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Sentinel Node Biopsy Compared with Axillary Lymph Node Disse

PostPosted: Fri May 25, 2007 1:24 am
by patoco
Lymph Drainage Studied by Lymphoscintigraphy in the Arms after Sentinel Node Biopsy Compared with Axillary Lymph Node Dissection Following Conservative Breast Cancer Surgery.

Acta Radiol. 2007

Celebioglu F, Perbeck L, Frisell J, Gröndal E, Svensson L, Danielsson
R. Department of Molecular Medicine and Surgery, Karolinska Institute,
Karolinska University Hospital Solna, Stockholm, Sweden; Division of
Radiology, Department of Clinical Science, Intervention, and
Technology (CLINTEC), Karolinska Institute, Karolinska University
Hospital, Huddinge, Sweden; Medical Physics, Karolinska University
Hospital. Huddinge. Sweden.

Purpose: To investigate lymphatic drainage as measured by
lymphoscintigraphy in the arms of patients undergoing either sentinel
lymph node biopsy (SNB) or axillary lymph node dissection (ALND).

Material and Methods: From January 2001 to December 2002, 30 patients with unilateral invasive breast carcinoma underwent breast-conserving surgery with SNB and 30 patients with ALND. All patients received radiotherapy to the breast. Lymphoscintigraphy was performed, and skin circulation, skin temperature, and arm volume were measured 2-3 years after radiotherapy.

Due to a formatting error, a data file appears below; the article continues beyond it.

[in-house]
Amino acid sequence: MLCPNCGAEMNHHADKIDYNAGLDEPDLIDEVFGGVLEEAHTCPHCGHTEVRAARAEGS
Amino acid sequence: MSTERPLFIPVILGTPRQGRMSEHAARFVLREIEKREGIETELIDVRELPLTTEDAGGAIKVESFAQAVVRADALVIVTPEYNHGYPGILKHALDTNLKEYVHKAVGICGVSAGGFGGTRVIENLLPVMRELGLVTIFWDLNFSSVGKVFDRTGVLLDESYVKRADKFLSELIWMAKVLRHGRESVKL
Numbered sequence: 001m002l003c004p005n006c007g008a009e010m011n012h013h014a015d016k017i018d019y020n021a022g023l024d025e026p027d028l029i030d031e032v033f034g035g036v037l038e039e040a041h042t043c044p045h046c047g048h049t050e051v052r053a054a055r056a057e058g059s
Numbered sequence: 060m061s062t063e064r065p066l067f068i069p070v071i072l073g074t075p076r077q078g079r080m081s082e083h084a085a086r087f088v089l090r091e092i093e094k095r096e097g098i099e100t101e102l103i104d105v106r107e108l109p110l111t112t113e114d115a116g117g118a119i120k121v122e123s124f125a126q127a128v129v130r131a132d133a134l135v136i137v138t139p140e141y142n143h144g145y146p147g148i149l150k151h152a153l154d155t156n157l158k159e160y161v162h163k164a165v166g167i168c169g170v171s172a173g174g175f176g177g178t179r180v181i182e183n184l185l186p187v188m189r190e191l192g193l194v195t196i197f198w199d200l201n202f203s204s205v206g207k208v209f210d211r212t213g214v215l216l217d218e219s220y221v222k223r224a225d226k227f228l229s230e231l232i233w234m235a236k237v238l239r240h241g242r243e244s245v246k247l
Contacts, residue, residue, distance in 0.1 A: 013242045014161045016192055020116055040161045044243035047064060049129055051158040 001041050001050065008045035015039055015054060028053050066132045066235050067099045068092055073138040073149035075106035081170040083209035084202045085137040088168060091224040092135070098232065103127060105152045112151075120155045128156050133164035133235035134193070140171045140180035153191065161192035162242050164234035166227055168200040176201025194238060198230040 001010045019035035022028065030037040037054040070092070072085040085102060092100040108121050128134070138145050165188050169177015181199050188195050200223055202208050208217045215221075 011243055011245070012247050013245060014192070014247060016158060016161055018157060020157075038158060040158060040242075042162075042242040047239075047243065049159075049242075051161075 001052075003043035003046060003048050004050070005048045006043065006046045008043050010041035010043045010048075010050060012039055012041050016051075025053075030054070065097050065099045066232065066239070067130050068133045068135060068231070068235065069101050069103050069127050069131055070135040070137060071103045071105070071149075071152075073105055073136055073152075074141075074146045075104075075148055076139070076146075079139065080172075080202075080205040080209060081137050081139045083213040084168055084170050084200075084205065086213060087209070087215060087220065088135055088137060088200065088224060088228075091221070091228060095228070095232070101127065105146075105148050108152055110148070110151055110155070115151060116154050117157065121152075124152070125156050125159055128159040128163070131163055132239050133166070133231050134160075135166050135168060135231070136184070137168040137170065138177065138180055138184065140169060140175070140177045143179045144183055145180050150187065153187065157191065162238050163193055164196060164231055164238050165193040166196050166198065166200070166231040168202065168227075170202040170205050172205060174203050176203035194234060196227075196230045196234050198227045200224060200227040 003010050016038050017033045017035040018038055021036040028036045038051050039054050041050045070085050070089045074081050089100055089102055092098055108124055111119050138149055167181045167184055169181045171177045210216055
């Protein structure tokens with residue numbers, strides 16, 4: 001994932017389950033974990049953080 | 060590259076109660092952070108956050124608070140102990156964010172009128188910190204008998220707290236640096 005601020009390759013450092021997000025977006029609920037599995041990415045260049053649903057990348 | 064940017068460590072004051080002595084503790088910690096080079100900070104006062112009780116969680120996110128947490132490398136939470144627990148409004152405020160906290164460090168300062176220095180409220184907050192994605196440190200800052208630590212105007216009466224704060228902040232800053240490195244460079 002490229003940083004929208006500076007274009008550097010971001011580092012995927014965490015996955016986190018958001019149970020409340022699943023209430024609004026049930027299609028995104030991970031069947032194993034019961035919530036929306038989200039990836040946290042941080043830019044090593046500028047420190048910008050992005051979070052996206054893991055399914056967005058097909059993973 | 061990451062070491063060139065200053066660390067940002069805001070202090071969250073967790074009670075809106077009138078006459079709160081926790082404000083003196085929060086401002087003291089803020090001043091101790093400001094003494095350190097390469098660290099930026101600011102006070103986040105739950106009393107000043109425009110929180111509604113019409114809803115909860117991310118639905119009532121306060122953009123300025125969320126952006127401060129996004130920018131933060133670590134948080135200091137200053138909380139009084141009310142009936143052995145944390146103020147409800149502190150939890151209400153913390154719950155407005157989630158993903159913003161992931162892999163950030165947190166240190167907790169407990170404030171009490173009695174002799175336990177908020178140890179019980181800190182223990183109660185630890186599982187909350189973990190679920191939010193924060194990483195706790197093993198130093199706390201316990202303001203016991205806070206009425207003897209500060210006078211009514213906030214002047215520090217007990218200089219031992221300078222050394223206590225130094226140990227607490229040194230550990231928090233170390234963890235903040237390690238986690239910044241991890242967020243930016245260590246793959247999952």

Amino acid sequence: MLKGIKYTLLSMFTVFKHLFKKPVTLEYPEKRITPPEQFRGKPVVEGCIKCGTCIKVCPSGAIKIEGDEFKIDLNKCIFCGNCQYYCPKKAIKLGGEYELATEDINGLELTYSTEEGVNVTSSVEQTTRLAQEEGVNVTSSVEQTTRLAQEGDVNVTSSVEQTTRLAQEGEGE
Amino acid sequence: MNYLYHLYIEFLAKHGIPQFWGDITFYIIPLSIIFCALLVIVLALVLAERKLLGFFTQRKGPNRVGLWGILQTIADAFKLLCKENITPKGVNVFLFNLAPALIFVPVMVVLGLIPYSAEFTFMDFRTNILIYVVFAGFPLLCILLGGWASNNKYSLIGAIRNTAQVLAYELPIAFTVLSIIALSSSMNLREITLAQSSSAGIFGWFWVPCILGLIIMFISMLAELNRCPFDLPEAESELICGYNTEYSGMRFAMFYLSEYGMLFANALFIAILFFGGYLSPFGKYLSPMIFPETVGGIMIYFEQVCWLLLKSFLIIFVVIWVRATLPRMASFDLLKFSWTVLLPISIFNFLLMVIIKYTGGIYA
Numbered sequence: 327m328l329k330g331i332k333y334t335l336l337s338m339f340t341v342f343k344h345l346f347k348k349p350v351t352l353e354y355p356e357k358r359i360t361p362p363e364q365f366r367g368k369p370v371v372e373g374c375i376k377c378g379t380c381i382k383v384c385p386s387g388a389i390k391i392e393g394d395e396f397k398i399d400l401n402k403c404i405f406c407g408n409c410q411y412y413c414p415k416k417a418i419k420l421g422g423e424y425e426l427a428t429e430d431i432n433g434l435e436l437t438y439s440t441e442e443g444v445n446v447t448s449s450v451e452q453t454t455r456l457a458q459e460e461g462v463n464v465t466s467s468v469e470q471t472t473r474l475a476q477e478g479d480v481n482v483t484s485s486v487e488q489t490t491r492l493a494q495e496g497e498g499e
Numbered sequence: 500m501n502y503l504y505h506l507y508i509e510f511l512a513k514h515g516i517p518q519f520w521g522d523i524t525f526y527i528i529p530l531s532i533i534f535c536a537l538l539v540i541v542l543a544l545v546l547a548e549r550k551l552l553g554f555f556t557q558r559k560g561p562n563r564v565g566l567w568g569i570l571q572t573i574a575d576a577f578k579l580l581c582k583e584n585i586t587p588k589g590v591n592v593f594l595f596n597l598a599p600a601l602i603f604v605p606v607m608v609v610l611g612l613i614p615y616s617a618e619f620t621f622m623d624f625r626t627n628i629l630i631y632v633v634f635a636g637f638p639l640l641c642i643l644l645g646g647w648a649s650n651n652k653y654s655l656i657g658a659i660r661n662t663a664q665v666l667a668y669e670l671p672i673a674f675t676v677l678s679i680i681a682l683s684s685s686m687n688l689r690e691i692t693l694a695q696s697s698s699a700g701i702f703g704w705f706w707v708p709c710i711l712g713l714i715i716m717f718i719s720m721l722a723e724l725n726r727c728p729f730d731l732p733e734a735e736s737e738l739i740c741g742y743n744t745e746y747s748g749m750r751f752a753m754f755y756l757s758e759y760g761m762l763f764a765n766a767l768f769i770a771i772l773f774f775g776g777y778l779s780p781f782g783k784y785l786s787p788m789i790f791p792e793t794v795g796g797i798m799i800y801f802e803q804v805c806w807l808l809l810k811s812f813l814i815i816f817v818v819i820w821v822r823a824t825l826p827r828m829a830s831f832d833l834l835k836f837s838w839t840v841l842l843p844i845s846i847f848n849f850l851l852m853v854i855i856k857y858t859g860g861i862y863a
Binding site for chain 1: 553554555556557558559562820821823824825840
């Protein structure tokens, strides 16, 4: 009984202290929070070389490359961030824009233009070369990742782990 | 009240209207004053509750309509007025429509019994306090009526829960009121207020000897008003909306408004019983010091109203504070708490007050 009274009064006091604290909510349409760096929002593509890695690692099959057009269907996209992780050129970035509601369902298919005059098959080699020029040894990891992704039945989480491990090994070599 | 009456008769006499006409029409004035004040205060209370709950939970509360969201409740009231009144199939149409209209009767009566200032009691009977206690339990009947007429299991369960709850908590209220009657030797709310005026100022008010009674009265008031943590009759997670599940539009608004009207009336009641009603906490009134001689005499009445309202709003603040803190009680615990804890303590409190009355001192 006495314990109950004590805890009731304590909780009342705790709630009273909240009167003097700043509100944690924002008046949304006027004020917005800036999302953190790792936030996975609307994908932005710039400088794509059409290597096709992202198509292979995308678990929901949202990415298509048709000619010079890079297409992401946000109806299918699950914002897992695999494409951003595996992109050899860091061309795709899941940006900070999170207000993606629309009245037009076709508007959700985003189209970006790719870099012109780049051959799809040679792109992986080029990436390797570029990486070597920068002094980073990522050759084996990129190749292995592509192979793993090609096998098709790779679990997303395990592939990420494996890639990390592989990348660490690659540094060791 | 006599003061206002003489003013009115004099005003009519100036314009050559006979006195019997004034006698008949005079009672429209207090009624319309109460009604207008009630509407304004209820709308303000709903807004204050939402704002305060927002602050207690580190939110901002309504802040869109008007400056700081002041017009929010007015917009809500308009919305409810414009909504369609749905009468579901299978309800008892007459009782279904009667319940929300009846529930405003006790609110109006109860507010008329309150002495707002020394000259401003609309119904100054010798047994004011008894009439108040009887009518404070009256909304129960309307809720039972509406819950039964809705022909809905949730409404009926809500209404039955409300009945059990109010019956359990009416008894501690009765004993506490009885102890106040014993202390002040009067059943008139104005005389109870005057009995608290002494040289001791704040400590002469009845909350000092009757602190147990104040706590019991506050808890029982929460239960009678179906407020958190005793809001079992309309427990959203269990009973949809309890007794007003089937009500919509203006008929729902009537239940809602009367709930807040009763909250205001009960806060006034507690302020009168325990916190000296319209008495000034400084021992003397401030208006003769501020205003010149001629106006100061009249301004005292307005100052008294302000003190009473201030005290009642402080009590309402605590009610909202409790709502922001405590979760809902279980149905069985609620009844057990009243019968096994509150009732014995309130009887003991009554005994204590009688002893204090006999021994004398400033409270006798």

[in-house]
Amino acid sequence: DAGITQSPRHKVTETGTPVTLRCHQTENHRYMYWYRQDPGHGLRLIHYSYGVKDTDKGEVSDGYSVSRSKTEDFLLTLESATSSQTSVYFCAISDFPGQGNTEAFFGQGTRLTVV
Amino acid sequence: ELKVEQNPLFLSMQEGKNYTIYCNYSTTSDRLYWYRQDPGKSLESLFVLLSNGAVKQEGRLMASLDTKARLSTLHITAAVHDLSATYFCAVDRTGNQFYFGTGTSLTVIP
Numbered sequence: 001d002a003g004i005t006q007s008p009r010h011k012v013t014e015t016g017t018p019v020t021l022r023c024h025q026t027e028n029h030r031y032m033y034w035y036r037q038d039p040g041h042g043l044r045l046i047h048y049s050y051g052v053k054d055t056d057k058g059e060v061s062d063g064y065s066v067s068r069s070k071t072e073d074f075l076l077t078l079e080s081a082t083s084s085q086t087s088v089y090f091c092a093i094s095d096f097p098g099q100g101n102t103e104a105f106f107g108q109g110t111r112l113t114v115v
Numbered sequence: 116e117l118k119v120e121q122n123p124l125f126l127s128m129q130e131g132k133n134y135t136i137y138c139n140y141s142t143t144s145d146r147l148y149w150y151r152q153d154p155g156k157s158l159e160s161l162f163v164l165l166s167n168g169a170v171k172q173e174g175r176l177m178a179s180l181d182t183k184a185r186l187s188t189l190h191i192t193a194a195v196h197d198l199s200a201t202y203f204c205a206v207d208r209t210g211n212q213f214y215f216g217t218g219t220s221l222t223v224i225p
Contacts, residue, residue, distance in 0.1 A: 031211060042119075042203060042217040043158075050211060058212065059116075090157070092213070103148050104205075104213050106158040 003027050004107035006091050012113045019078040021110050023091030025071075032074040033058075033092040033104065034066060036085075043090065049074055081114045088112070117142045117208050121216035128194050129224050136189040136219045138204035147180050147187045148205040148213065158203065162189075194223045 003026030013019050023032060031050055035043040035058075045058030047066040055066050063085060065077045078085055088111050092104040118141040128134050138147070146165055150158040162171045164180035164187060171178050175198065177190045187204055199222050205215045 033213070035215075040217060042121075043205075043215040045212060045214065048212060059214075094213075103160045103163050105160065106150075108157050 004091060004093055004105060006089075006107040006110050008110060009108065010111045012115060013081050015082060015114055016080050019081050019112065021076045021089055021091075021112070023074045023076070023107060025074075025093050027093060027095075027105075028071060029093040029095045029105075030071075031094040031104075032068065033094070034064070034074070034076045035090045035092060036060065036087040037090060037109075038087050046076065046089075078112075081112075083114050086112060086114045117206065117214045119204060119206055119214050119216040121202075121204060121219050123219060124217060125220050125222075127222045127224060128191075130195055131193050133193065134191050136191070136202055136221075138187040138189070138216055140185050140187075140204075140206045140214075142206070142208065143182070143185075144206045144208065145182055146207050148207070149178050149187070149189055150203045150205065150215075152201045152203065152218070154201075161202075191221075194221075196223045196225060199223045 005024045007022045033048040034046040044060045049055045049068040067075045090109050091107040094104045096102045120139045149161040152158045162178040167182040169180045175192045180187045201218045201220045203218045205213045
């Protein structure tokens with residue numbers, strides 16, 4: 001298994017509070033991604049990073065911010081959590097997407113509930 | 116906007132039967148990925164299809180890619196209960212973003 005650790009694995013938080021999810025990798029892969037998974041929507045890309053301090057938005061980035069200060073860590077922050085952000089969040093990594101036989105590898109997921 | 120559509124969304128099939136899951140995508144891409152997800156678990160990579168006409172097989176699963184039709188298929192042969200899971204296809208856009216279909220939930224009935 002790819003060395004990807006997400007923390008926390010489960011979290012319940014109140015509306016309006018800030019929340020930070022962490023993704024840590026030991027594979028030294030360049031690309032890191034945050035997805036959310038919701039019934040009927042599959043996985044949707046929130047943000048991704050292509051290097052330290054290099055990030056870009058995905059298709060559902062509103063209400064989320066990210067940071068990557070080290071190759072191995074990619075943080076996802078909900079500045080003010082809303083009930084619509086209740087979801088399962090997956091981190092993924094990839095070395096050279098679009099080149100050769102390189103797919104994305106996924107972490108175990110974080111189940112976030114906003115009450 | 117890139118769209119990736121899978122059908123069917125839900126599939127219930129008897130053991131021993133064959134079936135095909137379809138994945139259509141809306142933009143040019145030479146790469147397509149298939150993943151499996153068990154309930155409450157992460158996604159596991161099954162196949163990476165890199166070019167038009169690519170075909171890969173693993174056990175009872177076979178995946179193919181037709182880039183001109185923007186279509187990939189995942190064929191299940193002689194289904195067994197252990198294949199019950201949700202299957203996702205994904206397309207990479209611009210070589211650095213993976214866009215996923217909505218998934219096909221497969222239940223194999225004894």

Results: None of the 30 patients who underwent SNB showed any clinical manifestation of lymphedema. Of the 30 patients undergoing ALND, six (20%) had clinical lymphedema, with an arm volume that was >10% larger on the operated than on the non-operated side (P<0.01).
Scintigraphically, visual analysis revealed lymphatic dysfunction in
three patients, manifested as forearm dermal back flow. Two of these
patients also had an increased arm volume. Quantitative analysis
showed no differences between the groups, apart from a smaller amount
of isotope in the axilla in the ALND group. There was no difference in
skin circulation or skin temperature.

Conclusion: Our study shows that lymph drainage in the operated arm compared with the non-operated arm was less affected by SNB than by ALND, and that morbidity associated with SNB was lower than with ALND.

However, the results do not confirm our hypothesis that
lymphoscintigraphy can reveal differences in lymph circulation that
are not evident clinically in the form of manifest lymphedema. The
most sensitive clinical method of assessing lymph drainage seems to be
measurement of arm volume.

PMID: 17520423 [PubMed - as supplied by publisher]

http://www.ncbi.nlm.nih.gov/sites/entre ... tailView...

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Pat O'Connor
Lymphedema People
http://www.lymphedemapeople.com